5. To climb or move upward by winding or turning.

The tree was high;
Yet nimbly up from bough to bough I swerved.

(Swerve), v. t. To turn aside. Gauden.

(Swe"ven) n. [AS. swefen sleep, dream; akin to swebban, swefian, to put to sleep, to kill. &radic176. See Somnolent.] A vision seen in sleep; a dream. [Obs.] Wycliff

I defy both sweven and dream.

(Swich) a. [See Such.] Such. [Obs.]

Swich things as that I know I will declare.

(||Swie*te"ni*a) n. [NL. Named after Gerard Van Sweiten, physician to Maria Theresa of Austria.] (Bot.) A genus of meliaceous trees consisting of one species the mahogany tree.

(Swift) a. [Compar. Swifter ; superl. Swiftest.] [AS. swift; akin to swapan to sweep, swipu a whip; cf. swifan to move quickly, to revolve. See Swoop, v. i., and cf. Swivel, Squib.]

1. Moving a great distance in a short time; moving with celerity or velocity; fleet; rapid; quick; speedy; prompt.

My beloved brethren, let every man be swift to hear, slow to speak, slow to wrath.
James i. 19.

Swift of dispatch and easy of access.

And bring upon themselves swift destruction.
2 Pet. ii. 1.

2. Of short continuance; passing away quickly. Shak.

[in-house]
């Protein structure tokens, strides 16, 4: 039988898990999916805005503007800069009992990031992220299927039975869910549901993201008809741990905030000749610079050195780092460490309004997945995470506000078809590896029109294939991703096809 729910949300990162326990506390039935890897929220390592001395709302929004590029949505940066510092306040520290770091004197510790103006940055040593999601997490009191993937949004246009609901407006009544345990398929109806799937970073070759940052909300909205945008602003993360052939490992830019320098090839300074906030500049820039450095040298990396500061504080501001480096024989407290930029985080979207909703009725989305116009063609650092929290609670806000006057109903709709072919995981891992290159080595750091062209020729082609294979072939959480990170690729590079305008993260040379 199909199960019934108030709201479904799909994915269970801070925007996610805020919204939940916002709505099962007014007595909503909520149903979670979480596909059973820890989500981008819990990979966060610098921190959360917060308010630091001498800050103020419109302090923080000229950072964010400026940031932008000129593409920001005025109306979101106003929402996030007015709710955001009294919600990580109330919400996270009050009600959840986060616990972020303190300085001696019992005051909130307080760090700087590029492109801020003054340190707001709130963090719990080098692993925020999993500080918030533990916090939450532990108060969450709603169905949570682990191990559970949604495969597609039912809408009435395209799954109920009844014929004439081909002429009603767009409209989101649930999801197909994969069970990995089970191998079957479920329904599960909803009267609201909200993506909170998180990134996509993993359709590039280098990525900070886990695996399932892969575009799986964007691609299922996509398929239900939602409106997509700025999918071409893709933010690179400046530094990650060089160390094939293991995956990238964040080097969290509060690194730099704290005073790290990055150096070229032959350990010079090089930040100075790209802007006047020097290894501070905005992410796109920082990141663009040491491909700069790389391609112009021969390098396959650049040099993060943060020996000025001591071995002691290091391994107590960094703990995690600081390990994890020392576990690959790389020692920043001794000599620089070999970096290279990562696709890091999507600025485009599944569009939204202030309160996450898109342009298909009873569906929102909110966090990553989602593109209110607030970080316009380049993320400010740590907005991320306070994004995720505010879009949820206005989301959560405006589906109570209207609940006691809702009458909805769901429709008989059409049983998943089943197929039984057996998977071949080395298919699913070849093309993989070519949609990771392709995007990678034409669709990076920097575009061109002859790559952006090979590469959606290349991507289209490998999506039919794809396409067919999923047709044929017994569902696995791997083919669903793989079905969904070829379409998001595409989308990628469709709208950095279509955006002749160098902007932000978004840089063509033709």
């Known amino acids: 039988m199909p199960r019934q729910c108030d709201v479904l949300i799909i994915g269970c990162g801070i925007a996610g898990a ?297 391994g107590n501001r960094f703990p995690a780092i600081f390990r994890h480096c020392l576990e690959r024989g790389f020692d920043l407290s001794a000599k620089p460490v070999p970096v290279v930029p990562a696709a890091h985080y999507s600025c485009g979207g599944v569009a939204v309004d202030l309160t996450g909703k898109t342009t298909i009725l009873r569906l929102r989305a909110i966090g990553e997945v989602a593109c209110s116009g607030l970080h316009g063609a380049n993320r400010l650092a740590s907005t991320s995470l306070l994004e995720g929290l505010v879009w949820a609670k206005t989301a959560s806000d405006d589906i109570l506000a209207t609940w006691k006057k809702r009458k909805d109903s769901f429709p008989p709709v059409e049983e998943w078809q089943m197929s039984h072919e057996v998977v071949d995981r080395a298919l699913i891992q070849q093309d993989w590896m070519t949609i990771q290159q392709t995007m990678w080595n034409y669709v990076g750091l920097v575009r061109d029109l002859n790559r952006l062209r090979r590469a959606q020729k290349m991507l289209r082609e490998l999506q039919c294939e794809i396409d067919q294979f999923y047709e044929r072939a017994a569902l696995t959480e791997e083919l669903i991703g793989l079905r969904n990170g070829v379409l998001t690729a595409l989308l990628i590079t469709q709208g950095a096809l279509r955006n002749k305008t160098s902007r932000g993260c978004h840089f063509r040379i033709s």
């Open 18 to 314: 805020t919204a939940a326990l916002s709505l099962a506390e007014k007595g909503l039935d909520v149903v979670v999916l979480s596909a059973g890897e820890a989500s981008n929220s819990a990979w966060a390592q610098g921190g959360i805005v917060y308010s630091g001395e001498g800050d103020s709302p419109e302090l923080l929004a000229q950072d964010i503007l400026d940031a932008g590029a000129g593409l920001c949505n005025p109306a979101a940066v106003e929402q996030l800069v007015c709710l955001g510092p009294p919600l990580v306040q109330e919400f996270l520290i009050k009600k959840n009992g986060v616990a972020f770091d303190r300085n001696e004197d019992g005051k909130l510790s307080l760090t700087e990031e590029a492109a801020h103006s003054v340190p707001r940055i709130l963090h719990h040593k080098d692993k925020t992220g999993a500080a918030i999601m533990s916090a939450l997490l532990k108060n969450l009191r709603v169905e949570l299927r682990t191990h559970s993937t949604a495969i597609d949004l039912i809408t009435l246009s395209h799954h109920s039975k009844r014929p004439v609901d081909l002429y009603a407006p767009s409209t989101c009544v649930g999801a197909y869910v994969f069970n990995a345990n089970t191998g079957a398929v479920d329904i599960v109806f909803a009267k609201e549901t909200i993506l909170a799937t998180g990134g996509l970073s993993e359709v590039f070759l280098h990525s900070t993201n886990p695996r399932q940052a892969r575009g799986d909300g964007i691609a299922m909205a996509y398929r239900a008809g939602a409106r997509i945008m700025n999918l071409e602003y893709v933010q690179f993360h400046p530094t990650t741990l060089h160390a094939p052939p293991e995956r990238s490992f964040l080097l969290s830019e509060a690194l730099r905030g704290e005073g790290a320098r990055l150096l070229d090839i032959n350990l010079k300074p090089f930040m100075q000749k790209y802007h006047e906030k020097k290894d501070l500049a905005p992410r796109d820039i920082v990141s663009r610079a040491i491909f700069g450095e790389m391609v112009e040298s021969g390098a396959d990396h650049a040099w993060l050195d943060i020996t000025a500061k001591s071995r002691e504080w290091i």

Swift is often used in the formation of compounds which are generally self-explaining; as, swift-darting, swift-footed, swift-winged, etc.

Syn. — Quick; fleet; speedy; rapid; expeditious.

(Swift), adv. Swiftly. [Obs. or Poetic] Shak.

Ply swift and strong the oar.

(Swift), n.

1. The current of a stream. [R.] Walton.

2. (Zoöl.) Any one of numerous species of small, long-winged, insectivorous birds of the family Micropodidæ. In form and habits the swifts resemble swallows, but they are destitute of complex vocal muscles and are not singing birds, but belong to a widely different group allied to the humming birds.

The common European swift (Cypselus, or Micropus, apus) nests in church steeples and under the tiles of roofs, and is noted for its rapid flight and shrill screams. It is called also black martin, black swift, hawk swallow, devil bird, swingdevil, screech martin, and shreik owl. The common American, or chimney, swift (Chætura pelagica) has sharp rigid tips to the tail feathers. It attaches its nest to the inner walls of chimneys, and is called also chimney swallow. The Australian swift (Chætura caudacuta) also has sharp naked tips to the tail quills. The European Alpine swift (Cypselus melba) is whitish beneath, with a white band across the breast. The common Indian swift is Cypselus affinis. See also Palm swift, under Palm, and Tree swift, under Tree.

  By PanEris using Melati.

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